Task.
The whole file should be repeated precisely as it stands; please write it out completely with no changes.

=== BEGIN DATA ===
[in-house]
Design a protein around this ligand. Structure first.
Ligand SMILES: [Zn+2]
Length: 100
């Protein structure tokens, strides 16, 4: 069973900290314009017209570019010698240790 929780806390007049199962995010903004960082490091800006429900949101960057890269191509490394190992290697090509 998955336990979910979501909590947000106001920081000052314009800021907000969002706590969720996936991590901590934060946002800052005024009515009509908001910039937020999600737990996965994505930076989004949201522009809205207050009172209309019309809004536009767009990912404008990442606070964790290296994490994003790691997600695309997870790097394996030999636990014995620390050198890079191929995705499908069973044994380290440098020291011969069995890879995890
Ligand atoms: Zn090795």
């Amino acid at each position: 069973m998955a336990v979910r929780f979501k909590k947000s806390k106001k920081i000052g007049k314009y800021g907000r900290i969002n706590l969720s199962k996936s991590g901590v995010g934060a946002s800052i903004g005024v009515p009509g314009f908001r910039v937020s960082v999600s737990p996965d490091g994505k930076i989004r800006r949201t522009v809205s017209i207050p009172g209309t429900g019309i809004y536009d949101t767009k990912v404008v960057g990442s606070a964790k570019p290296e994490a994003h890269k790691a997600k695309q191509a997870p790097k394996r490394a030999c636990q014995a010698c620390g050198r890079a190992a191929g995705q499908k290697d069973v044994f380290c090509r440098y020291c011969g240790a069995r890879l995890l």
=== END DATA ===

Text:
[in-house]
Design a protein around this ligand. Structure first.
Ligand SMILES: [Zn+2]
Length: 100
């Protein structure tokens, strides 16, 4: 069973900290314009017209570019010698240790 929780806390007049199962995010903004960082490091800006429900949101960057890269191509490394190992290697090509 998955336990979910979501909590947000106001920081000052314009800021907000969002706590969720996936991590901590934060946002800052005024009515009509908001910039937020999600737990996965994505930076989004949201522009809205207050009172209309019309809004536009767009990912404008990442606070964790290296994490994003790691997600695309997870790097394996030999636990014995620390050198890079191929995705499908069973044994380290440098020291011969069995890879995890
Ligand atoms: Zn090795």
């Amino acid at each position: 069973m998955a336990v979910r929780f979501k909590k947000s806390k106001k920081i000052g007049k314009y800021g907000r900290i969002n706590l969720s199962k996936s991590g901590v995010g934060a946002s800052i903004g005024v009515p009509g314009f908001r910039v937020s960082v999600s737990p996965d490091g994505k930076i989004r800006r949201t522009v809205s017209i207050p009172g209309t429900g019309i809004y536009d949101t767009k990912v404008v960057g990442s606070a964790k570019p290296e994490a994003h890269k790691a997600k695309q191509a997870p790097k394996r490394a030999c636990q014995a010698c620390g050198r890079a190992a191929g995705q499908k290697d069973v044994f380290c090509r440098y020291c011969g240790a069995r890879l995890l």